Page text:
7. Addressing Letters with Mail Merge

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Address letters to a large mailing list of people using Mail Merge


Lesson Goal

Learn the basics of how to set up a mail merge in Word.

What is Mail Merge?

Mail Merge is a Word tool which can make multiple copies of a document, such as a letter. Each copy will be unique to a specific recipient stored in a separate spreadsheet.

For example, if we have a letter we want to send to 1,000 people on our mailing list, it would be very time consuming to make 1,000 different copies and type a different address and greeting on each copy. With mail merge we can almost instantaneously create the 1,000 copies, each one addressed to a different recipient on the mailing list.

Using the Mail Merge Wizard, we can set this up in 6 quick steps

Mail Merge Wizard: Steps 1 & 2

The 1st step is very simple. We need to choose the type of document. In this lesson, we’re using a letter, so we’ll select a letter.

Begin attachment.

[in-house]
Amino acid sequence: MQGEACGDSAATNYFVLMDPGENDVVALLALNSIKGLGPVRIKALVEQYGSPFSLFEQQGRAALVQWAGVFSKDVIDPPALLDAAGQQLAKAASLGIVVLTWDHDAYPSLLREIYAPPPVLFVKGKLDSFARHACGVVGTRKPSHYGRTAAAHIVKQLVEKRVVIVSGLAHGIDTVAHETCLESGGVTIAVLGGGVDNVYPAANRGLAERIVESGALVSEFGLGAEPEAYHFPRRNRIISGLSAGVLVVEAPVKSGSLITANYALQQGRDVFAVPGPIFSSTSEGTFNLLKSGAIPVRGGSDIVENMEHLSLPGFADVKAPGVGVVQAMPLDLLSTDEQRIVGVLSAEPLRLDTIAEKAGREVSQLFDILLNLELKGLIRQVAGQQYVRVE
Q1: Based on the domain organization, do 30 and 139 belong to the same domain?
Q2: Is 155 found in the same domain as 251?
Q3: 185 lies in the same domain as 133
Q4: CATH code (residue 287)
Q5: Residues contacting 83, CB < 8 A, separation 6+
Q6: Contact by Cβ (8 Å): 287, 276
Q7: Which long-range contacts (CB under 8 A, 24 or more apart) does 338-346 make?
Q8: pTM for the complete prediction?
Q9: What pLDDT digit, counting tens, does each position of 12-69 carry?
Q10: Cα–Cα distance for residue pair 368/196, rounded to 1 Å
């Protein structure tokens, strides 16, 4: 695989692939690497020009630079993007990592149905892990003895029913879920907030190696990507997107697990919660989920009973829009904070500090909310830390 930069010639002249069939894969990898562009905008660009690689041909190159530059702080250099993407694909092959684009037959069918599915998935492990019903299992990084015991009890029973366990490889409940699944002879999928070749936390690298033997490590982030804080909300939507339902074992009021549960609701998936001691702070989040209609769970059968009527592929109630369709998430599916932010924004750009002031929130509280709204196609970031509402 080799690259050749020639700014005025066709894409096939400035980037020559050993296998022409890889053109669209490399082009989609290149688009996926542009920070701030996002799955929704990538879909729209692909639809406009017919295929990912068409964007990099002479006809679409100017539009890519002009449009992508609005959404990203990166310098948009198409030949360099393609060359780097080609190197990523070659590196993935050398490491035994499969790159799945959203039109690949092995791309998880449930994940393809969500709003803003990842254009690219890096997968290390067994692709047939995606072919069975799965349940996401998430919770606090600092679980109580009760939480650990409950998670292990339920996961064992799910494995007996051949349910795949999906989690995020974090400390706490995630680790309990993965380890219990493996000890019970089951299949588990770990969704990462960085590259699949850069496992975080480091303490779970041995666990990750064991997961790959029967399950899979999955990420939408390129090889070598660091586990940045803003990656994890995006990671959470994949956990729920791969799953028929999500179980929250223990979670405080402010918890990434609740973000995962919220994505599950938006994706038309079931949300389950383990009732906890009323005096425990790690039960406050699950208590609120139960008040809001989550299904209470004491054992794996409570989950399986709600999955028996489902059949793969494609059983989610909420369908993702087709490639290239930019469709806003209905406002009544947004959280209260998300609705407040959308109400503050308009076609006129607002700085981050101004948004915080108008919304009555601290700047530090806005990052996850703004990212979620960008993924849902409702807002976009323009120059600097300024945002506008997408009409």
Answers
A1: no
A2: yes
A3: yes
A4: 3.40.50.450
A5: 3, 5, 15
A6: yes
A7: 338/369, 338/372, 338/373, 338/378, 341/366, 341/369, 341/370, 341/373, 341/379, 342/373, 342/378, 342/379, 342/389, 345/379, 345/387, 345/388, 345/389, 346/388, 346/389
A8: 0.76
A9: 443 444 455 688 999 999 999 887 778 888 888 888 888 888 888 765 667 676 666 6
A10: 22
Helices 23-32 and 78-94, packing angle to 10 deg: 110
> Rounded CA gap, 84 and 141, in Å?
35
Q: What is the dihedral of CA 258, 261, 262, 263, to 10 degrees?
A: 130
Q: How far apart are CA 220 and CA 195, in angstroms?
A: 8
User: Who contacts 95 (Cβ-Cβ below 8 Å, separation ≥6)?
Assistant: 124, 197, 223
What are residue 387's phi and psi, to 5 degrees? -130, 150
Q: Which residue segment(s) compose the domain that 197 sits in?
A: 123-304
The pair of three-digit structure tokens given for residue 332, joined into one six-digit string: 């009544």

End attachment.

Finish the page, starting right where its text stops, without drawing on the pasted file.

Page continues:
The 2nd step is also very straightforward. We need to indicate which document contains the letter. For this lesson the letter is already open, so we selected Use the current document. Alternatively, we could have started from a different document or even a template.

Mail Merge Wizard: Step 3

For the 3rd step, we need to add the list of recipients. We can type this manually, import the list from our Outlook contacts or use an existing list stored in a separate file. For this lesson, we used a spreadsheet, so we selected an existing list. We then clicked browse and navigated to our Excel spreadsheet.

Once added, we can perform some quick data cleaning operations. We can sort, filter, find duplicates, find recipients and validate addresses.

The order isn’t important, so there’s no need to sort. We want to include all recipients, so there’s no need to remove any by filtering or finding recipients. Validating addresses requires additional software which most people do not have.

In this lesson we did have duplicates, so we used the filter duplicates tool to remove them.

Mail Merge Wizard: Step 4

In the 4th step, we need to insert our recipient data into the letter. We can use some of the preset formats in the mail merge pane or we can select more items to insert specific information from our recipient list.